It offers an intensely positive outlook on Warhammer 40,000 in general and life in the Imperium of Man specifically.
Paradoxically, it does so due to a mechanism, which should serve to drive home the very depressing and uncaring nature of the setting and regime.
Starting characters in Dark Heresy have a reputation for being low powered, to a level where they could even be considered “ordinary people” (indeed the recruitment of some poor schmuck or other by the almighty Inquisition being the basic hook of character creation in the first place).
So far, so dark, with unwitting Imperial citizens or lowly servants being forced under in a maelstrom of incomprehensible intrigue and unspeakable horror on a galactic scale.
The brightness then suddenly shines in on this misery full force, once we go one step further though.
Ascension allows the very “ordinary people” we first met to climb to the (pen)ultimate peaks of Imperial power.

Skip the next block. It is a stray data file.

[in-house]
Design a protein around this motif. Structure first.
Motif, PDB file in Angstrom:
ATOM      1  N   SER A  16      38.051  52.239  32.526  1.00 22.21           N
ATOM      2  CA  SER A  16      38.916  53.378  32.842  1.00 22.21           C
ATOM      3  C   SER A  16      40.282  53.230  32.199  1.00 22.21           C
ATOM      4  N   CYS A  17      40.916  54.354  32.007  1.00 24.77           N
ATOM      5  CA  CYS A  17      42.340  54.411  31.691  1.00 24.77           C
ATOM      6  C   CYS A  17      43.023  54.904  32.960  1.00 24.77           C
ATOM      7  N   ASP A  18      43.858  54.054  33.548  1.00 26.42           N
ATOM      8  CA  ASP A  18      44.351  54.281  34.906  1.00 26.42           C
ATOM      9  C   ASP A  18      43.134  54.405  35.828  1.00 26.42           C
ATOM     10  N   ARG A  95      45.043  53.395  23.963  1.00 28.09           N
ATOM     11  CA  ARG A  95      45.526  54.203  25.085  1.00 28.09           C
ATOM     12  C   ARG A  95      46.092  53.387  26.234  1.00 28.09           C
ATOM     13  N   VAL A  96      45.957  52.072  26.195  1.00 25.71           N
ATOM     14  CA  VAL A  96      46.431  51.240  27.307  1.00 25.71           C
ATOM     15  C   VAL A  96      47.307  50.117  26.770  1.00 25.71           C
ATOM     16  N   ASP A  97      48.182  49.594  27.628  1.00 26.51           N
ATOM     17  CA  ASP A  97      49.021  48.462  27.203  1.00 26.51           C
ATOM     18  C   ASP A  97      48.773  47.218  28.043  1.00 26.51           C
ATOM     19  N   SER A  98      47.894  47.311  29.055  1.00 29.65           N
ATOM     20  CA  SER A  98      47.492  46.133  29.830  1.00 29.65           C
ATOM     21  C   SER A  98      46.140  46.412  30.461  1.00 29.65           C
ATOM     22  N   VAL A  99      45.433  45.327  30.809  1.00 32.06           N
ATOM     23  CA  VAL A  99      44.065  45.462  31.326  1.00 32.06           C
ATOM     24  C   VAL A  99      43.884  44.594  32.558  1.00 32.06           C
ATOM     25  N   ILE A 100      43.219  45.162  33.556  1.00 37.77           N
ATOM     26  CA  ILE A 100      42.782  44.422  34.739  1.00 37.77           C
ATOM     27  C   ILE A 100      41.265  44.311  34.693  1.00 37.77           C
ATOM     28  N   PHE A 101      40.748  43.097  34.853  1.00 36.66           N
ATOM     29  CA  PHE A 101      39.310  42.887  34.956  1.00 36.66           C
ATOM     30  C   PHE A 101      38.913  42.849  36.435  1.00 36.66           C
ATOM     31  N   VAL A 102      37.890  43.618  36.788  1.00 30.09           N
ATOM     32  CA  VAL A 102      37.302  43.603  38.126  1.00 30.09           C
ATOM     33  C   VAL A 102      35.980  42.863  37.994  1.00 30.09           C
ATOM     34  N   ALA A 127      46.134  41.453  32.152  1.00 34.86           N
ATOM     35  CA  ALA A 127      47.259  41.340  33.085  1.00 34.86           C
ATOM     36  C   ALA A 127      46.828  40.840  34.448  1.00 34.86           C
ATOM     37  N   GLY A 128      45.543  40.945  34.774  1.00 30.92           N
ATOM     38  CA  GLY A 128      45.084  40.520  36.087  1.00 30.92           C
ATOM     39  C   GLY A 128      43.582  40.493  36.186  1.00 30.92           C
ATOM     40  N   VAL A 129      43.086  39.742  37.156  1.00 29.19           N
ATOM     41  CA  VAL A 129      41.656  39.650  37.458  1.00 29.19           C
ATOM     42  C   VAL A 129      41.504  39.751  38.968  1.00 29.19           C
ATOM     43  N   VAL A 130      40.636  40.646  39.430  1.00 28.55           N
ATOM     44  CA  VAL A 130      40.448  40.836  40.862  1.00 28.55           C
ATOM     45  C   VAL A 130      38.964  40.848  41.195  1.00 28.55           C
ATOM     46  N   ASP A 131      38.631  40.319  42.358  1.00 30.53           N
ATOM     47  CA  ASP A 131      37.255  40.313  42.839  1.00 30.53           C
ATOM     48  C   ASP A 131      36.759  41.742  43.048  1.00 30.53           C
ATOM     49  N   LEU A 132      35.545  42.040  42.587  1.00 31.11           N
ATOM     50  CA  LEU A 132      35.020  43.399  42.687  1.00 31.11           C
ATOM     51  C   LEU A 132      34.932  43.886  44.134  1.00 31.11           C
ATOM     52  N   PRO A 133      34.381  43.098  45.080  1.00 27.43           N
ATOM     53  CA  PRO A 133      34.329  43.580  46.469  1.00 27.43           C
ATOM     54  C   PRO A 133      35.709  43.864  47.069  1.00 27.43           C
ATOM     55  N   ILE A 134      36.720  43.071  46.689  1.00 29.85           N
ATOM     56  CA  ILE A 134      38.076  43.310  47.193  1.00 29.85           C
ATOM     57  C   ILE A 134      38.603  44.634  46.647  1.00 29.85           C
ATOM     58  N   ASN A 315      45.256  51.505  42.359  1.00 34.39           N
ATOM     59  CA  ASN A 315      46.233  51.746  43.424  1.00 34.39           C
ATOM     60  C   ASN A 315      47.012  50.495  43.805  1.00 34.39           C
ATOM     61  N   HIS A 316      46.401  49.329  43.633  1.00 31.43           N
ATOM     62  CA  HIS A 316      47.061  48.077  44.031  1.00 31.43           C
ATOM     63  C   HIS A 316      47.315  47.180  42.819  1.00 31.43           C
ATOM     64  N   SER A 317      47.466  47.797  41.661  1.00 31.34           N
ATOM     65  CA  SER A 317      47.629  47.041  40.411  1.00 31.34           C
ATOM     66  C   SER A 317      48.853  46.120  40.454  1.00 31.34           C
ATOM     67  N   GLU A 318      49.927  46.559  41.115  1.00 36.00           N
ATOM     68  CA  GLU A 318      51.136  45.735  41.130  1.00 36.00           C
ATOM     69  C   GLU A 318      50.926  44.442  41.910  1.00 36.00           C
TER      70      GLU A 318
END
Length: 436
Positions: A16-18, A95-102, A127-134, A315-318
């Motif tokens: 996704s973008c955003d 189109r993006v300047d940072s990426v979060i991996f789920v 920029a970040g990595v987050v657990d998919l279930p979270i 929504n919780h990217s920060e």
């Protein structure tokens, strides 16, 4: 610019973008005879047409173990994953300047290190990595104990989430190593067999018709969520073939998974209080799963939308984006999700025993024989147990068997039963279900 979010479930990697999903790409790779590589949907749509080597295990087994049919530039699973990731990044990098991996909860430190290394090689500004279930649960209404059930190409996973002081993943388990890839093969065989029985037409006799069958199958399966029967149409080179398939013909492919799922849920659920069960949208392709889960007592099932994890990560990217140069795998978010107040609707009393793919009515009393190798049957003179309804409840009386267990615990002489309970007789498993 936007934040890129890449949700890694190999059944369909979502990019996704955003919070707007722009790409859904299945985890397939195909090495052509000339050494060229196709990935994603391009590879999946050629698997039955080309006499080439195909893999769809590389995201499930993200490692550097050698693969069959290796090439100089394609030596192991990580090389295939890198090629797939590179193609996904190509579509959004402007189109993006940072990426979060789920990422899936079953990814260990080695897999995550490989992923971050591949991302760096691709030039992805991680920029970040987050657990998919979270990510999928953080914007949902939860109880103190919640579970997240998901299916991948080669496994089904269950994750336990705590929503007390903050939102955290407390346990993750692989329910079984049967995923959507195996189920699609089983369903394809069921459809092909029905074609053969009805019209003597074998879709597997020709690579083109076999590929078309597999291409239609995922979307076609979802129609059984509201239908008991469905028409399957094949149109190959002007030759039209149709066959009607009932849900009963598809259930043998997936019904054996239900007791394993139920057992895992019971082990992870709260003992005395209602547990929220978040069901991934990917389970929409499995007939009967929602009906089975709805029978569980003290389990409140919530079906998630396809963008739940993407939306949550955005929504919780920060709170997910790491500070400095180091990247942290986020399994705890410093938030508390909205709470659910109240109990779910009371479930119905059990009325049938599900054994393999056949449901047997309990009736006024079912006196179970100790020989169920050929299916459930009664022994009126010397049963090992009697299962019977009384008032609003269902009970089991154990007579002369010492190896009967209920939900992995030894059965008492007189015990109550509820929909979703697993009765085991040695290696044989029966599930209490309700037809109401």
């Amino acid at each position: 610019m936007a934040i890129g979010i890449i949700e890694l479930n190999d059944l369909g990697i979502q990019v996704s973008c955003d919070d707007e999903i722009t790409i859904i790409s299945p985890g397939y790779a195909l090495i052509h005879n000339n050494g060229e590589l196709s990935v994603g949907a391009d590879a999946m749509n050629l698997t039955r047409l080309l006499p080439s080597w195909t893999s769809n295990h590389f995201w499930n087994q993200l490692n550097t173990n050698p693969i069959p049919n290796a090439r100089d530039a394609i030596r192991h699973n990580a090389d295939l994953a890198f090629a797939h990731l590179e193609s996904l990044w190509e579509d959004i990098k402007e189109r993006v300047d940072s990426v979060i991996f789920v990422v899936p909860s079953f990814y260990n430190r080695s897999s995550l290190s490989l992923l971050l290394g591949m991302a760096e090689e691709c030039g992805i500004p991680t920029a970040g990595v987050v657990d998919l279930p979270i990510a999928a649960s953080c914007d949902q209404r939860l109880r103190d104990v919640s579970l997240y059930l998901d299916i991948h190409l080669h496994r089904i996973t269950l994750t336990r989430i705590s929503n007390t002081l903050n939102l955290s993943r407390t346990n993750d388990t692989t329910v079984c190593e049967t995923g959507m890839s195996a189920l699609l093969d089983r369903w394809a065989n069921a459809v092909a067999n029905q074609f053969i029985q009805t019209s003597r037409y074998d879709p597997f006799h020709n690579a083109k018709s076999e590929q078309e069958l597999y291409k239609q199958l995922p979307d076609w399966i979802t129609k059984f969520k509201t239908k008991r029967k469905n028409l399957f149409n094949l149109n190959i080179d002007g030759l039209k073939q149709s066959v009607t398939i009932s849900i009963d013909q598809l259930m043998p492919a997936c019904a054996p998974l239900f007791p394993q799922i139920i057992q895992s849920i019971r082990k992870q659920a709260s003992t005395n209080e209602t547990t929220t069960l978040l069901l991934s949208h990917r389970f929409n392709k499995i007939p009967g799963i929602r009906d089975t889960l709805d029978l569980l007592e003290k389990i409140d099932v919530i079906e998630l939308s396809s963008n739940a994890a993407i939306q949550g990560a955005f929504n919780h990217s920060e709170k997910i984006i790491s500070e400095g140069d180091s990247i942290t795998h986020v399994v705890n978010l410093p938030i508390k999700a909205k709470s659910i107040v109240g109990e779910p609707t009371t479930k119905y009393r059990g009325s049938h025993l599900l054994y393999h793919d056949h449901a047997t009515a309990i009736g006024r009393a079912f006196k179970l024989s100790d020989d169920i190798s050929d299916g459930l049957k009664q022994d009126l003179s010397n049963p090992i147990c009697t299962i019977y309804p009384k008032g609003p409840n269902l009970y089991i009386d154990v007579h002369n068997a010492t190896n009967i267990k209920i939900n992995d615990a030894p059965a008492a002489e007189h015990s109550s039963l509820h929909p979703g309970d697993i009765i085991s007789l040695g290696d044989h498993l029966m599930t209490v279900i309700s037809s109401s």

It’s not the specially gifted, one-in-a-billion exceptions who make it that far, for those are not among the characters in the first place, no, it’s ordinary run-of-the-mill people.
And thus, Dark Heresy marks out the Imperium of Man no longer as “the cruellest and most bloody regime imaginable” where no matter what you will not be missed, but rather as a place where even the lowliest can climb the social ladder, right to the top, triumphant against and within the system.